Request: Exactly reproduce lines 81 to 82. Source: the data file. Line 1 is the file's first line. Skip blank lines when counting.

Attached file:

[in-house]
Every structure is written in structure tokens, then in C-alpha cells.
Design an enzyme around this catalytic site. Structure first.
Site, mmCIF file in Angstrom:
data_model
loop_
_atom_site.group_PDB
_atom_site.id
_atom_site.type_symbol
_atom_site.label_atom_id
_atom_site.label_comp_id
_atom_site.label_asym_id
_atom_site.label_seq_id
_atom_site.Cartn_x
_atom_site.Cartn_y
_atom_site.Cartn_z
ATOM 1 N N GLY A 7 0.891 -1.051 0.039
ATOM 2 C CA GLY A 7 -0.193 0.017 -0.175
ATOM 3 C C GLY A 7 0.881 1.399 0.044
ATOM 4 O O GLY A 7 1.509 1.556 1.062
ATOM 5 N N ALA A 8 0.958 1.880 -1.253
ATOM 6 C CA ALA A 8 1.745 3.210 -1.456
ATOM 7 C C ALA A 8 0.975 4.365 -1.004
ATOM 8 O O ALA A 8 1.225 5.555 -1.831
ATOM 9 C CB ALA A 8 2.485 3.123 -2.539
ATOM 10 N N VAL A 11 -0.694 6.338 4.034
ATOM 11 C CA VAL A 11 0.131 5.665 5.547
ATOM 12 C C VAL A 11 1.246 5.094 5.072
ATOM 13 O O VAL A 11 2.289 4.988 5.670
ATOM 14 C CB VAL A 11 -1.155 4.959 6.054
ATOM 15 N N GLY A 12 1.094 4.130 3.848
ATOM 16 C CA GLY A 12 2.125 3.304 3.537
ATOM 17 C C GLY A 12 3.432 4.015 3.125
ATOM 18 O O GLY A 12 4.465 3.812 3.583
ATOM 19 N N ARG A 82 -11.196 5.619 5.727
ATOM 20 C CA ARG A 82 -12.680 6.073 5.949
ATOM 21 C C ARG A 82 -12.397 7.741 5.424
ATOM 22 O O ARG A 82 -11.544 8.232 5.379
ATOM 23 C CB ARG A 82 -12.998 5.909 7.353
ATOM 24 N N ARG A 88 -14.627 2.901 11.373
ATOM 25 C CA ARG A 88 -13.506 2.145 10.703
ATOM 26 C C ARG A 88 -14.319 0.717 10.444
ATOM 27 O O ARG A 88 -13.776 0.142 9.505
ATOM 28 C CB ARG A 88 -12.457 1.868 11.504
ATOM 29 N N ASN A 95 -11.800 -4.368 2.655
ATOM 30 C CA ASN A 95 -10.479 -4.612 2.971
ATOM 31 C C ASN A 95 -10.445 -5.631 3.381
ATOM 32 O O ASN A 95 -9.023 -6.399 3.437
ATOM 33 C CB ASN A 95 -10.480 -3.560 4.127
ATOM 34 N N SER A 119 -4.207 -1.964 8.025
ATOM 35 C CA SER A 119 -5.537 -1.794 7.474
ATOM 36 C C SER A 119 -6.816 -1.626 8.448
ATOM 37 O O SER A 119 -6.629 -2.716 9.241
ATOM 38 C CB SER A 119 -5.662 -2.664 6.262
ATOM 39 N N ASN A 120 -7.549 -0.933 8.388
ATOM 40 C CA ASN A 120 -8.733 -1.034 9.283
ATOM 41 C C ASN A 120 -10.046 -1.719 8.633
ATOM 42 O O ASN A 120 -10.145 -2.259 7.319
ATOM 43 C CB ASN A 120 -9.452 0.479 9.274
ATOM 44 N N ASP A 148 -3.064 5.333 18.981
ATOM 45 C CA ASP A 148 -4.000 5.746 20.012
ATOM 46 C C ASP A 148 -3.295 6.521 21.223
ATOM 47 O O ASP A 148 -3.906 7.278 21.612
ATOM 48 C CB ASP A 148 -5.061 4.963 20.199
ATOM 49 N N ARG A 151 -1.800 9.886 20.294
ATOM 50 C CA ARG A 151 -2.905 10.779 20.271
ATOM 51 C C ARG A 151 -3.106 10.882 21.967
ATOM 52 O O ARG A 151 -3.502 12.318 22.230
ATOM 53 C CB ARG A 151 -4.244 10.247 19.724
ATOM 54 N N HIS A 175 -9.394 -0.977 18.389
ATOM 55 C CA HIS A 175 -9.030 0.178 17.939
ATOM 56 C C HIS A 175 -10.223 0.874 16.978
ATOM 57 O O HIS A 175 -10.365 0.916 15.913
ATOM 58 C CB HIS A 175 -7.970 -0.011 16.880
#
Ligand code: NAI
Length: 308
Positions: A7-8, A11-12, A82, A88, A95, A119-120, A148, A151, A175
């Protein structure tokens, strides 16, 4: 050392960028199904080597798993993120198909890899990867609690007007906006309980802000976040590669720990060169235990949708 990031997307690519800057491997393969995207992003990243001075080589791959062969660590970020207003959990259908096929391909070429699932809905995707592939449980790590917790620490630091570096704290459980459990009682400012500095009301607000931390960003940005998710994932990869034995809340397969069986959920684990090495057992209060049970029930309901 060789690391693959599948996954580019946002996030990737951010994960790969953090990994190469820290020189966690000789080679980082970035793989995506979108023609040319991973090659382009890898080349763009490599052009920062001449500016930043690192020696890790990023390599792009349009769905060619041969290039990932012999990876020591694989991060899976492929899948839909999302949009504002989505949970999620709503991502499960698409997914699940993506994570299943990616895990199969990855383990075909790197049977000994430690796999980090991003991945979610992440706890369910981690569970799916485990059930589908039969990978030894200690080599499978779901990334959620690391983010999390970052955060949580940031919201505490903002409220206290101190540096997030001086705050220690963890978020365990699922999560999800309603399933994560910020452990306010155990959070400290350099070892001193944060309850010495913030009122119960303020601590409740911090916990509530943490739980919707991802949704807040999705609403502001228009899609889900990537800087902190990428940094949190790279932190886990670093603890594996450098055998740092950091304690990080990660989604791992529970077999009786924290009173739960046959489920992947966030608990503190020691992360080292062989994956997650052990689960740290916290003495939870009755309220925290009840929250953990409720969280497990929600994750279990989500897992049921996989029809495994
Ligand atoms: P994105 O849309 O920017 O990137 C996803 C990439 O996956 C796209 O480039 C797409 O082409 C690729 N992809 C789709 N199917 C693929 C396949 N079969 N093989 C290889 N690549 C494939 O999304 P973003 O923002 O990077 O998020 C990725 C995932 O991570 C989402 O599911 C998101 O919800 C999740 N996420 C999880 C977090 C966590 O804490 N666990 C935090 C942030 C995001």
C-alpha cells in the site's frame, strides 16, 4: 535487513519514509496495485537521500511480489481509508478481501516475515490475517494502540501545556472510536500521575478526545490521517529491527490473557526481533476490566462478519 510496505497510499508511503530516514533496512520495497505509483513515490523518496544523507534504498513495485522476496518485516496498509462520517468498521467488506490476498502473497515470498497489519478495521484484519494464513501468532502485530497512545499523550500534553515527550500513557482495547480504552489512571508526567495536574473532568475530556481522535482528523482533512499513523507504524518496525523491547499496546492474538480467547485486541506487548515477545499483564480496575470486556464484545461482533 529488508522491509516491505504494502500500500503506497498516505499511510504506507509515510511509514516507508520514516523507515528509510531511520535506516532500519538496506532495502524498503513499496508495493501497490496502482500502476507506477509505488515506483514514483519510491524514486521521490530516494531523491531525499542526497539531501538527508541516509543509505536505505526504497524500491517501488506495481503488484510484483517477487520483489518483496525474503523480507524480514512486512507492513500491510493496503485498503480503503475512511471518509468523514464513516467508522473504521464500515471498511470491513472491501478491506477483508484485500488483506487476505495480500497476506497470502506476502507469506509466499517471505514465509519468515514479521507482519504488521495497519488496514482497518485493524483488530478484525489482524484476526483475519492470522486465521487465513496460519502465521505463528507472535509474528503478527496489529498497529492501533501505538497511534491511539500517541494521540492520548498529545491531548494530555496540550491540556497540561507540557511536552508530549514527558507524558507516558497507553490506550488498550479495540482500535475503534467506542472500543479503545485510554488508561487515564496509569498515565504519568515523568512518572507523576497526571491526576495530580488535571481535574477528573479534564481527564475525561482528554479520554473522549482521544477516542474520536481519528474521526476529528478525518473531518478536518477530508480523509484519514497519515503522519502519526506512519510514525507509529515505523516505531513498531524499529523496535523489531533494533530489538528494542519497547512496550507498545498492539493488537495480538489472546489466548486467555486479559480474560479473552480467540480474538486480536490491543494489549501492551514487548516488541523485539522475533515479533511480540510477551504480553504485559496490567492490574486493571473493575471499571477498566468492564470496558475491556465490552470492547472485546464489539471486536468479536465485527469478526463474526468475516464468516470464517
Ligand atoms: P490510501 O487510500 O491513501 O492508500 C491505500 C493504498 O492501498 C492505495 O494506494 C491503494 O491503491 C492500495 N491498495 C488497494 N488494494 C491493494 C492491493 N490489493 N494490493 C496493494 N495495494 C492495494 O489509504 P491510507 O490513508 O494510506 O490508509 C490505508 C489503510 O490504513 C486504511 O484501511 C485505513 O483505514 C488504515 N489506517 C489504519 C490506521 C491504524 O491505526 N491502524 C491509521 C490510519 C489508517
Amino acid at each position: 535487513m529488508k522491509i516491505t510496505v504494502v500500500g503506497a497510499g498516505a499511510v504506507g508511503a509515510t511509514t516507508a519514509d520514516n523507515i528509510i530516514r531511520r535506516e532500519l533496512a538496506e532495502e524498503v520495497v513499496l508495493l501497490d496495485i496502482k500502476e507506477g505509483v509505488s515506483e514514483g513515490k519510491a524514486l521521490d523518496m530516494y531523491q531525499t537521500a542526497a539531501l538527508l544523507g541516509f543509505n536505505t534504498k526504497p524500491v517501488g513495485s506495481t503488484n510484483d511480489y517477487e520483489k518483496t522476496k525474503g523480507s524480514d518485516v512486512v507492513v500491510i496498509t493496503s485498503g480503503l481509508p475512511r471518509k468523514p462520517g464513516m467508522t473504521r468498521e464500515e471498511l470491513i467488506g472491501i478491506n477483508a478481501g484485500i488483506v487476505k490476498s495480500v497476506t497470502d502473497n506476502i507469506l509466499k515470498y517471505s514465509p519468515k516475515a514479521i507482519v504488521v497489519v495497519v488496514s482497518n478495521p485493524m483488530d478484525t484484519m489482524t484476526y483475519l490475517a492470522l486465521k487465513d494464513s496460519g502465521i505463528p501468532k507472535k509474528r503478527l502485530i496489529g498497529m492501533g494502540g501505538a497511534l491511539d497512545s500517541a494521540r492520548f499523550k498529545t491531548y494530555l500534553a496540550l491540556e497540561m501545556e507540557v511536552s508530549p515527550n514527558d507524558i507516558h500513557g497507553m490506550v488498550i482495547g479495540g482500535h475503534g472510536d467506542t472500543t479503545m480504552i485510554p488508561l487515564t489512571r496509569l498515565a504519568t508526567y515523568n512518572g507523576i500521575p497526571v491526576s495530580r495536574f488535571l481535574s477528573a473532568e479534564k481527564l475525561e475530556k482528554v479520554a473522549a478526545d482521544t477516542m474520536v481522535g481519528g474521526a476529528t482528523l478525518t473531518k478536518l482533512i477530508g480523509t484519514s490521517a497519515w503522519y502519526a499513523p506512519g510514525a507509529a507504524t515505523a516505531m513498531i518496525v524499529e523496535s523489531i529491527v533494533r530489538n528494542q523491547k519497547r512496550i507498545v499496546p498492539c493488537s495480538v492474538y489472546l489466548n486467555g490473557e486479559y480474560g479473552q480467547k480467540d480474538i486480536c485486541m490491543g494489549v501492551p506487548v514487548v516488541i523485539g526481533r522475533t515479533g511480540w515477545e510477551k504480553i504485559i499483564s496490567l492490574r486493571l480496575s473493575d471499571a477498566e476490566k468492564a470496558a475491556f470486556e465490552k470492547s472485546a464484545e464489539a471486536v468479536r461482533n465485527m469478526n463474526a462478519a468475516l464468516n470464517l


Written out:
C-alpha cells in the site's frame, strides 16, 4: 535487513519514509496495485537521500511480489481509508478481501516475515490475517494502540501545556472510536500521575478526545490521517529491527490473557526481533476490566462478519 510496505497510499508511503530516514533496512520495497505509483513515490523518496544523507534504498513495485522476496518485516496498509462520517468498521467488506490476498502473497515470498497489519478495521484484519494464513501468532502485530497512545499523550500534553515527550500513557482495547480504552489512571508526567495536574473532568475530556481522535482528523482533512499513523507504524518496525523491547499496546492474538480467547485486541506487548515477545499483564480496575470486556464484545461482533 529488508522491509516491505504494502500500500503506497498516505499511510504506507509515510511509514516507508520514516523507515528509510531511520535506516532500519538496506532495502524498503513499496508495493501497490496502482500502476507506477509505488515506483514514483519510491524514486521521490530516494531523491531525499542526497539531501538527508541516509543509505536505505526504497524500491517501488506495481503488484510484483517477487520483489518483496525474503523480507524480514512486512507492513500491510493496503485498503480503503475512511471518509468523514464513516467508522473504521464500515471498511470491513472491501478491506477483508484485500488483506487476505495480500497476506497470502506476502507469506509466499517471505514465509519468515514479521507482519504488521495497519488496514482497518485493524483488530478484525489482524484476526483475519492470522486465521487465513496460519502465521505463528507472535509474528503478527496489529498497529492501533501505538497511534491511539500517541494521540492520548498529545491531548494530555496540550491540556497540561507540557511536552508530549514527558507524558507516558497507553490506550488498550479495540482500535475503534467506542472500543479503545485510554488508561487515564496509569498515565504519568515523568512518572507523576497526571491526576495530580488535571481535574477528573479534564481527564475525561482528554479520554473522549482521544477516542474520536481519528474521526476529528478525518473531518478536518477530508480523509484519514497519515503522519502519526506512519510514525507509529515505523516505531513498531524499529523496535523489531533494533530489538528494542519497547512496550507498545498492539493488537495480538489472546489466548486467555486479559480474560479473552480467540480474538486480536490491543494489549501492551514487548516488541523485539522475533515479533511480540510477551504480553504485559496490567492490574486493571473493575471499571477498566468492564470496558475491556465490552470492547472485546464489539471486536468479536465485527469478526463474526468475516464468516470464517
Ligand atoms: P490510501 O487510500 O491513501 O492508500 C491505500 C493504498 O492501498 C492505495 O494506494 C491503494 O491503491 C492500495 N491498495 C488497494 N488494494 C491493494 C492491493 N490489493 N494490493 C496493494 N495495494 C492495494 O489509504 P491510507 O490513508 O494510506 O490508509 C490505508 C489503510 O490504513 C486504511 O484501511 C485505513 O483505514 C488504515 N489506517 C489504519 C490506521 C491504524 O491505526 N491502524 C491509521 C490510519 C489508517